Agency Cost Of Debt

AAA

DEFINITION of 'Agency Cost Of Debt'

A problem arising from the conflict of interested created by the separation of management from ownership (the stockholders) in a publicly owned company. Corporate governance mechanisms, such as boards of directors and the issuance of debt, are used in an attempt to reduce this conflict of interest. However, introducing debt into the picture creates yet another potential conflict of interest because there are three parties involved: owners, managers and lenders (bondholders), each with different goals.

BREAKING DOWN 'Agency Cost Of Debt'

For example, managers may want to engage in risky actions they hope will benefit shareholders, who seek a high rate of return. Bondholders, who are typically interested in a safer investment, may want to place restrictions on the use of their money to reduce their risk. The costs resulting from these conflicts are known as the agency cost of debt.

RELATED TERMS
  1. Shareholder

    Any person, company or other institution that owns at least one ...
  2. Bondholder

    The owner of a government or corporate bond. Being a bondholder ...
  3. Corporate Governance

    The system of rules, practices and processes by which a company ...
  4. Public Company

    A company that has issued securities through an initial public ...
  5. Risk

    The chance that an investment's actual return will be different ...
  6. Record Date

    The cut-off date established by a company in order to determine ...
Related Articles
  1. Investing Basics

    Will Corporate Debt Drag Your Stock Down?

    Borrowed funds can mean a leg up for companies or the boot for investors. Find out how to tell the difference.
  2. Investing

    The Advantages Of Bonds

    Bonds contribute an element of stability to almost any portfolio and offer a safe and conservative investment.
  3. Home & Auto

    The Bear On Bonds

    Bond investing is a stable and low-risk way to diversify a portfolio. However, knowing which types of bonds are right for you is not always easy.
  4. Bonds & Fixed Income

    An Overview Of Corporate Bankruptcy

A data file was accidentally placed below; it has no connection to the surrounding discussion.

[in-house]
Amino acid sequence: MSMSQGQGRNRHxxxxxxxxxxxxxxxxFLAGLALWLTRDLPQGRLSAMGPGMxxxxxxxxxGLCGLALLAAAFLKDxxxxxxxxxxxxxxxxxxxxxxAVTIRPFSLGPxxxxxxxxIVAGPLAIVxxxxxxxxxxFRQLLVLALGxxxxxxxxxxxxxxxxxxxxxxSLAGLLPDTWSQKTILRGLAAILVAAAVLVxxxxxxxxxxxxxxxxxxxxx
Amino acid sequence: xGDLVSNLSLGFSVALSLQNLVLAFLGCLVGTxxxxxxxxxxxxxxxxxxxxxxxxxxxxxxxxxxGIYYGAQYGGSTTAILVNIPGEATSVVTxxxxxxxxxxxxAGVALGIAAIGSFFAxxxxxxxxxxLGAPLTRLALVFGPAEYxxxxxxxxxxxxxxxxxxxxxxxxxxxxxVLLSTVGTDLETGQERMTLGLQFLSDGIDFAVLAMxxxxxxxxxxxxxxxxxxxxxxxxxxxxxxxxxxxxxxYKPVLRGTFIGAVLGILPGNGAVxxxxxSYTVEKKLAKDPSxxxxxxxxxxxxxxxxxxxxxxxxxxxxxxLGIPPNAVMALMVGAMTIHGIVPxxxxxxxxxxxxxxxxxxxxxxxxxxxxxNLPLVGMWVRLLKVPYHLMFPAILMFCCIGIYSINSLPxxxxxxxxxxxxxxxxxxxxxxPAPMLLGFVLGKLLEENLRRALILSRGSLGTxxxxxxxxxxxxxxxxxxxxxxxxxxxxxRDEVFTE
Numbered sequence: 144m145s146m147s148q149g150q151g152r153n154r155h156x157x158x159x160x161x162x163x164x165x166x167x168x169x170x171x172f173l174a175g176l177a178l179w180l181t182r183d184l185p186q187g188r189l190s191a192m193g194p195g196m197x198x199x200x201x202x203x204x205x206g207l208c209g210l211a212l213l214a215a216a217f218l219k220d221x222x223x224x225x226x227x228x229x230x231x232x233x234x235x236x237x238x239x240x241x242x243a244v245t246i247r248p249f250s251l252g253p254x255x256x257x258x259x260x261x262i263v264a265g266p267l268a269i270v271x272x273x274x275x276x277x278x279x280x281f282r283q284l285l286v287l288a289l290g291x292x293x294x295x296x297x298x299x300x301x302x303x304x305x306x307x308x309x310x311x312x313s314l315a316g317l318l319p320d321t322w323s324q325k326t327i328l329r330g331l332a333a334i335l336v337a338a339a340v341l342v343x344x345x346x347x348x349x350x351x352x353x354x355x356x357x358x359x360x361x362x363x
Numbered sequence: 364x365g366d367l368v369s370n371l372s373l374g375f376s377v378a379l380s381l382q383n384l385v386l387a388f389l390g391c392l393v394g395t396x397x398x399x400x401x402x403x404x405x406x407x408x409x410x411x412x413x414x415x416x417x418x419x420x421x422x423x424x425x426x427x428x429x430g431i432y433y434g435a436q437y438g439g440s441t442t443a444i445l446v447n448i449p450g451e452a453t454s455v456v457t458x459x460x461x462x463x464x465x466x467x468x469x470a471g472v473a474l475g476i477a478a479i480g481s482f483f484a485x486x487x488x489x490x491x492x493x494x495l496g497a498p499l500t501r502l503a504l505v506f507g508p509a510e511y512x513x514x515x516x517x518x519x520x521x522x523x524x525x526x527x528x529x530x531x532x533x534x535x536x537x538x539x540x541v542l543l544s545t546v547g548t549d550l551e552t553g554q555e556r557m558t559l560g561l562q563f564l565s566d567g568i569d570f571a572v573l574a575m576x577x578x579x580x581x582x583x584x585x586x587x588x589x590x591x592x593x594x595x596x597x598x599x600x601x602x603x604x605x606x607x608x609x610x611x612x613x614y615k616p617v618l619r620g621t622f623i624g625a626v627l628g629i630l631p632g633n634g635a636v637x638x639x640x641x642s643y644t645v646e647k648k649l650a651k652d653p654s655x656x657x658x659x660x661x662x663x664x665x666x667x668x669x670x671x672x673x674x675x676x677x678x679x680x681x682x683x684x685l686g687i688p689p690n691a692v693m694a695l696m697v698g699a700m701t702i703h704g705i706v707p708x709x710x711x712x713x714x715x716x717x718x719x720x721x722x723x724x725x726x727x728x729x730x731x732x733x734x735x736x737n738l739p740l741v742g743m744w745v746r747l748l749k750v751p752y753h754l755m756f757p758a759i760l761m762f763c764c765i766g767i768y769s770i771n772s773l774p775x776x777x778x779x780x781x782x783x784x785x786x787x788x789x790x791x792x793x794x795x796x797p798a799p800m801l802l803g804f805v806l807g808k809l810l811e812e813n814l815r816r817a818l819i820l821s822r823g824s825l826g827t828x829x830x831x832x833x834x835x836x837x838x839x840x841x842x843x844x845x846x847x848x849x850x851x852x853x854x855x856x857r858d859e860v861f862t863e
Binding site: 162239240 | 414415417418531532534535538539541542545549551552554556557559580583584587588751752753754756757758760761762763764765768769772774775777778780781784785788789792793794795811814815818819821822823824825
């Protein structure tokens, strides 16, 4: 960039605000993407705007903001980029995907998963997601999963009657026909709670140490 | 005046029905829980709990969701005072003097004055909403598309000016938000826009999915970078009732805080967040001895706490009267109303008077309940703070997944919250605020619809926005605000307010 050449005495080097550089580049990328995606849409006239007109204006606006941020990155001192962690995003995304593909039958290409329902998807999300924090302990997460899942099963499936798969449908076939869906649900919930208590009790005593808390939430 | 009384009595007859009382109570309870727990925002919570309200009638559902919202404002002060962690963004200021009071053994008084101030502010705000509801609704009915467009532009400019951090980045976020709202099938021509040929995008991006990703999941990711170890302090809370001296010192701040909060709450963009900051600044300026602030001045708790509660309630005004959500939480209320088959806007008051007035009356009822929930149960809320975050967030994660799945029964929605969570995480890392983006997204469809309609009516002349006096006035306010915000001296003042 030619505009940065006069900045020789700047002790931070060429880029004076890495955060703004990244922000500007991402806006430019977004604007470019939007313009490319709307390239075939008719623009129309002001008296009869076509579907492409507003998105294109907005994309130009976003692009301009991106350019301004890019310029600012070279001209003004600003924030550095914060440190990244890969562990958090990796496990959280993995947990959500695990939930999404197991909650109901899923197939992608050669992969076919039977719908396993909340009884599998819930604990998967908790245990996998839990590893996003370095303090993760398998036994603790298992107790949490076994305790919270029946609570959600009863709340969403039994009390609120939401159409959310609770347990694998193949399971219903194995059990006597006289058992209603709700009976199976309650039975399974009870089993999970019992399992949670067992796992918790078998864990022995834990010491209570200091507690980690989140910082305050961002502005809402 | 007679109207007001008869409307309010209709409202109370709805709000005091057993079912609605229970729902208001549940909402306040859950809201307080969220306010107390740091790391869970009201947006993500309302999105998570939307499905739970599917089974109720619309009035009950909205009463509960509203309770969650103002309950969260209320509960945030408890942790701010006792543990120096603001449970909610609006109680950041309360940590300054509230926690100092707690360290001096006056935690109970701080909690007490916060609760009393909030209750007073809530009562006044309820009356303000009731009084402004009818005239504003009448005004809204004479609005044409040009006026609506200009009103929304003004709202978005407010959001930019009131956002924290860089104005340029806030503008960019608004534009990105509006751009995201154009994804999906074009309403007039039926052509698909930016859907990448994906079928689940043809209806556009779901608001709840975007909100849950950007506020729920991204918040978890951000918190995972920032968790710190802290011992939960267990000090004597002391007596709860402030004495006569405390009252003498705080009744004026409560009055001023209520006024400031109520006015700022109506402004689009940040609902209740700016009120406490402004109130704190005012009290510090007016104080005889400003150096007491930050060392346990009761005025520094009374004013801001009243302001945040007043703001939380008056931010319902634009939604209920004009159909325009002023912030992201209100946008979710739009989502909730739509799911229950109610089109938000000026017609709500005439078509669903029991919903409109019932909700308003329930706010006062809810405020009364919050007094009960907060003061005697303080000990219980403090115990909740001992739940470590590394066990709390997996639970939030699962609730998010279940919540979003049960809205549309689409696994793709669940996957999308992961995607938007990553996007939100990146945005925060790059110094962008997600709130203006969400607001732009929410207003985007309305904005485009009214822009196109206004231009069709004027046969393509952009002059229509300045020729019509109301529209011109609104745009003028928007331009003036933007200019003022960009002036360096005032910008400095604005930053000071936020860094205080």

If a company files for bankruptcy, stockholders have the most to lose. Find out why.
  5. Term

    What is a Preemptive Right?

    A preemptive right allows select shareholders to buy newly issued shares in their corporation before the general public.
  6. Economics

    Explaining the Balanced Scorecard

    A balanced scorecard is a metric that measures a business’ performance.
  7. Term

    What's an Investment Advisor?

    An investment or financial advisor makes investment recommendations and analyzes securities.
  8. Investing Basics

    What is a Public Company?

    A public company has sold stock to the public through an initial public offering (IPO) and that stock is currently traded on a public stock exchange.
  9. Economics

    What Does Human Resources Do?

    Human resources (HR) is the department within a company that handles all matters relating to employment.
  10. Investing

    How To Invest For The Greater Good

    We discuss why is important to prioritize economic, social and governance factors when making investment decisions, regardless of gender or generation.
RELATED FAQS
  1. How do modern companies assess business risk?

    Before a business can assess or mitigate business risk, it must first identify probable or likely risks to its bottom line. ... Read Full Answer >>
  2. Why has emphasis on corporate governance grown in the 21st century?

    Corporate governance refers to operational practices, management protocols, and other governing rules or principles by which ... Read Full Answer >>
  3. What impact did the Sarbanes-Oxley Act have on corporate governance in the United ...

    After a prolonged period of corporate scandals involving large public companies from 2000 to 2002, the Sarbanes-Oxley Act ... Read Full Answer >>
  4. Why should investors research the C-suite executives of a company?

    C-suite executives are essential for creating and enacting overall firm strategy and are therefore an important aspect of ... Read Full Answer >>
  5. What is the difference between a direct and an indirect distribution channel?

    A direct distribution channel is organized and managed by the firm itself. An indirect distribution channel relies on intermediaries ... Read Full Answer >>
  6. How can an investor determine a company's annual return from looking at its financial ...

    The funds in a share premium account cannot be used for a company's general expenses. These funds are restricted in terms ... Read Full Answer >>

You May Also Like

Hot Definitions
  1. Bubble Theory

    A school of thought that believes that the prices of assets can temporarily rise far above their true values and that these ...
  2. Stock Market Crash

    A rapid and often unanticipated drop in stock prices. A stock market crash can be the result of major catastrophic events, ...
  3. Financial Crisis

    A situation in which the value of financial institutions or assets drops rapidly. A financial crisis is often associated ...
  4. Election Period

    The period of time during which an investor who owns an extendable or retractable bond must indicate to the issuer whether ...
  5. Shanghai Stock Exchange

    The largest stock exchange in mainland China, the Shanghai Stock Exchange is a nonprofit organization run by the China Securities ...
  6. Dead Cat Bounce

    A temporary recovery from a prolonged decline or bear market, followed by the continuation of the downtrend. A dead cat bounce ...
Trading Center
×

You are using adblocking software

Want access to all of Investopedia? Add us to your “whitelist”
so you'll never miss a feature!